Saturday, March 7, 2009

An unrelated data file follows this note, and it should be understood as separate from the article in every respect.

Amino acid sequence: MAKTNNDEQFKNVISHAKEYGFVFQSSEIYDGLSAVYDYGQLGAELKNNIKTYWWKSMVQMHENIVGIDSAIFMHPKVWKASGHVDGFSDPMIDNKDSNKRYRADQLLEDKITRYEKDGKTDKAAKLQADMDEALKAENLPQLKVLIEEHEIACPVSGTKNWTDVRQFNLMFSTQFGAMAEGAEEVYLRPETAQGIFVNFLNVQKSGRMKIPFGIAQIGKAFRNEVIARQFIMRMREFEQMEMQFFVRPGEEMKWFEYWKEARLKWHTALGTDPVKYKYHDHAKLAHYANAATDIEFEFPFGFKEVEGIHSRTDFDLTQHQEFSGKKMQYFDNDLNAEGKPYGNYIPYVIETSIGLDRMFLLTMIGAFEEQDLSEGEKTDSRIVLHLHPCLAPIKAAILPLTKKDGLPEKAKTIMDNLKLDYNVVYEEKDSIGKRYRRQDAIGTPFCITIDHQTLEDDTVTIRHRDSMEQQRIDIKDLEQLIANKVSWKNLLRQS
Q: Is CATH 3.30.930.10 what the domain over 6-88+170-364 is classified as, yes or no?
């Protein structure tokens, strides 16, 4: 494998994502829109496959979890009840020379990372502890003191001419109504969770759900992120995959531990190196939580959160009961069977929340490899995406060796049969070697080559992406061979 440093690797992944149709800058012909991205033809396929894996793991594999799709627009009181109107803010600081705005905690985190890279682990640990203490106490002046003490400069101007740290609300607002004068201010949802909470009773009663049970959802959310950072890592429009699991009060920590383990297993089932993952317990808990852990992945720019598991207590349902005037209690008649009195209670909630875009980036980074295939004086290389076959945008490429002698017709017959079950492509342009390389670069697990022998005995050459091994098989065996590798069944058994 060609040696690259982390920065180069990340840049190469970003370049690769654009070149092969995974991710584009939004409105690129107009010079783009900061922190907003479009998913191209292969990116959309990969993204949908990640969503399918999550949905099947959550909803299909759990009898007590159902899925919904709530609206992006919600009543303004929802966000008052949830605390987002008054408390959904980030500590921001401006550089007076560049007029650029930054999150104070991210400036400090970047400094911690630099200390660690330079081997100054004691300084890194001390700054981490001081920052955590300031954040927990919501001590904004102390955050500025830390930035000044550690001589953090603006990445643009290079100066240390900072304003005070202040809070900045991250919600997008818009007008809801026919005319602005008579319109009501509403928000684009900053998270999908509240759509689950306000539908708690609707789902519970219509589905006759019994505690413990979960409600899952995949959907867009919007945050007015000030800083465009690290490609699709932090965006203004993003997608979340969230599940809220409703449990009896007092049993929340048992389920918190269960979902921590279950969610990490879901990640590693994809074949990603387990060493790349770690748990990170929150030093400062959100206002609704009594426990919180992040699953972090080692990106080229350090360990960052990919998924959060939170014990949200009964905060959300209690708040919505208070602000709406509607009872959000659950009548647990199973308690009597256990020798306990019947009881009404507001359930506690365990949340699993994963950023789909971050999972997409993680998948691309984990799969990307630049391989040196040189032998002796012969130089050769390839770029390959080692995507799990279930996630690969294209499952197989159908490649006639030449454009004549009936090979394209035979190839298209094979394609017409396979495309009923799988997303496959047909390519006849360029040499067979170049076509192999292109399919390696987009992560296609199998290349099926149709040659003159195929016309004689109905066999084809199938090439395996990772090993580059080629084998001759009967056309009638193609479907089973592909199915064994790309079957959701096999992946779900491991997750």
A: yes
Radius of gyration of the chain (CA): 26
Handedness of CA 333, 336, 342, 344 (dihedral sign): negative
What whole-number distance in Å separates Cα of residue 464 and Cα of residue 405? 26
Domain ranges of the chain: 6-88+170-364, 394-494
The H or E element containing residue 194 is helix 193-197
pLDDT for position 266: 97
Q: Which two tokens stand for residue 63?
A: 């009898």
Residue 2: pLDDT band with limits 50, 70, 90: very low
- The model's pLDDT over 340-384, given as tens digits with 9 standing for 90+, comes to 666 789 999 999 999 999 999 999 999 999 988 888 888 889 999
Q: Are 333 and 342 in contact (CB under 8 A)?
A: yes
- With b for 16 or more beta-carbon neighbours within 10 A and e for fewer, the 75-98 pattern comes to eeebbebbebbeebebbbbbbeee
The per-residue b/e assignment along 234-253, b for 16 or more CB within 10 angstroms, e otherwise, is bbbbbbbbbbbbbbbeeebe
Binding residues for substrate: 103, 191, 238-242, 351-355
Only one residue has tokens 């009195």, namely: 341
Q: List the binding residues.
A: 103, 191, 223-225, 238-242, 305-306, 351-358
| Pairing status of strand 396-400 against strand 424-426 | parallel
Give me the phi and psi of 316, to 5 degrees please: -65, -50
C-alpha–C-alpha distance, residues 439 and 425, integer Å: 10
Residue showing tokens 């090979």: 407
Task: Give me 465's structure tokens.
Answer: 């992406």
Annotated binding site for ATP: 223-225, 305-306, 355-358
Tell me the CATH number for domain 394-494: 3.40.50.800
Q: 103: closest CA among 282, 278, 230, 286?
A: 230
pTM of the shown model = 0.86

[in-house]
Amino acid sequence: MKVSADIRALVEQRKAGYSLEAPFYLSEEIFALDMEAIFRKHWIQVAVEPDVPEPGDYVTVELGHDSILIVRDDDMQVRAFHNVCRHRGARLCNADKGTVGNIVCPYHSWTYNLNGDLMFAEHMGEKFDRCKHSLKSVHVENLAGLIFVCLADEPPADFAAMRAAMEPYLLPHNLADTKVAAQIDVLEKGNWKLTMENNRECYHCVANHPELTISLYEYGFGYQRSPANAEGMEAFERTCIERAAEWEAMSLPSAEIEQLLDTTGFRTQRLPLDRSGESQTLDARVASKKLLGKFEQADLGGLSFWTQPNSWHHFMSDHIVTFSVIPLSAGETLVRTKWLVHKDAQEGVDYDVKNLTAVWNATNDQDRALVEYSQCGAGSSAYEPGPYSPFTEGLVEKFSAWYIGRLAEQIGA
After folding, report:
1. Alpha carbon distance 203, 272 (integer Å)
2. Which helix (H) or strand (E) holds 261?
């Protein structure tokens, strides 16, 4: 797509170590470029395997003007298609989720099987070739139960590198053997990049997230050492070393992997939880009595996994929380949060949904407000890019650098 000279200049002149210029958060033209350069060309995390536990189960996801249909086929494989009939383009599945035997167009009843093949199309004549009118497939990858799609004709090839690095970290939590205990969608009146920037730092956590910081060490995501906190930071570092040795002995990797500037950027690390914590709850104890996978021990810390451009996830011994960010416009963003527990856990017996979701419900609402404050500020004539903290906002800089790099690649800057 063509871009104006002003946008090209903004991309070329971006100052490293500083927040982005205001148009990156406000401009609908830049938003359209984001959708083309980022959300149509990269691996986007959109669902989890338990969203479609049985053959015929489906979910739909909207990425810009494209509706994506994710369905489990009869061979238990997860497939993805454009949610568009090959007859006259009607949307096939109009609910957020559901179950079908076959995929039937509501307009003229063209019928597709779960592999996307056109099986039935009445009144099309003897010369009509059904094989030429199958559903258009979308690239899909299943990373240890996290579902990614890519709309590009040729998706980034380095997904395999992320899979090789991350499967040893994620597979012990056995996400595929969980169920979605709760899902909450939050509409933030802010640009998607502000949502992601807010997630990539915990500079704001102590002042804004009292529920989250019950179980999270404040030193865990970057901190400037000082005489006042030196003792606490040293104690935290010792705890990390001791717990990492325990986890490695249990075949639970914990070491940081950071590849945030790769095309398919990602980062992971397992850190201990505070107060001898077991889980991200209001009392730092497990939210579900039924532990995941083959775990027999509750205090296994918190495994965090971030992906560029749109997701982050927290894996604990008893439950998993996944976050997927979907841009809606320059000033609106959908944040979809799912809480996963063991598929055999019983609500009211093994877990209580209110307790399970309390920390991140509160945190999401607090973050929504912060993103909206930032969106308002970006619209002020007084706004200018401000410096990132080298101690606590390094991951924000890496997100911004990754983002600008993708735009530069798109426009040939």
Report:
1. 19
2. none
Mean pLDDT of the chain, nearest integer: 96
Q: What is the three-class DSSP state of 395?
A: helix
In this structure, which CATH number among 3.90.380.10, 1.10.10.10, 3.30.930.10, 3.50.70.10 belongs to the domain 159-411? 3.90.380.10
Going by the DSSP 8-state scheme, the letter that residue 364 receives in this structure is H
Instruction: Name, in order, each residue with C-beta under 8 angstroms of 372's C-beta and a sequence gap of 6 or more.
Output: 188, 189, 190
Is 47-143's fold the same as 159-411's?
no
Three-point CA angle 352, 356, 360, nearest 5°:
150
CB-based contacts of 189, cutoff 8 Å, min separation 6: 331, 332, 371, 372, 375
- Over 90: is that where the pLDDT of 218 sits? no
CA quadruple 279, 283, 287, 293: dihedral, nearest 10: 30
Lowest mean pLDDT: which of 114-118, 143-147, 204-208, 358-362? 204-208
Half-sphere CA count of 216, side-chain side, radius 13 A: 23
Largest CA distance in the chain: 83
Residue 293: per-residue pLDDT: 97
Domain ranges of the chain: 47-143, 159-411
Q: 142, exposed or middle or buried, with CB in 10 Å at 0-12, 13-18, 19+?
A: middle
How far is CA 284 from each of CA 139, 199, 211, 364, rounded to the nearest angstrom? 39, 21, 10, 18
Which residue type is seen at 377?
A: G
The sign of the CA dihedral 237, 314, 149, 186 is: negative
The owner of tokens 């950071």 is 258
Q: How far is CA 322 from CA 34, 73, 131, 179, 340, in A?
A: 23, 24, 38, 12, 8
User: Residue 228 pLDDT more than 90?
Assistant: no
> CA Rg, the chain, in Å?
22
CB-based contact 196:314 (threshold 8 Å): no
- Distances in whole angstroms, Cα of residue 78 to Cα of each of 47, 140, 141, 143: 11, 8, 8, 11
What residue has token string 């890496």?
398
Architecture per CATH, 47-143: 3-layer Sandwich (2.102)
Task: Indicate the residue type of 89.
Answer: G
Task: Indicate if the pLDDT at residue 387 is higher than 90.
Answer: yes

In Technical Advice Memorandum 200908050 (Feb. 20, 2009), the Service concluded that a (c)(3) that shared its website with its affiliated and controlled (c)(4) engaged in campaign intervention because the (c)(4)'s pages (contained on the (c)(3)'s website) endorsed a politcal candidate. The (c)(3) complained that the Service was changing the rules by attributing the (c)(4)'s endorsement to the (c)(3), even though the the (c)(4) paid the allocated costs of the pages on which the politial endorsement appeared. One of the obvious problems the (c)(3) could not overcome was that its logo appeared on all website pages, even those pertaining to and paid for by the (c)(4). The Service rejected the (c)(3)'s assertion that the appearance of its logo on the (c)(4)'s candidate endorsement pages was required by its website operator. This seems a pretty easy case; unfortunately, the TAM is only marginally helpful to the question of campaign intervention via websites or affiliated organizations because, as with all technical advice memos, names are deleted and readers are unable to see the offending website.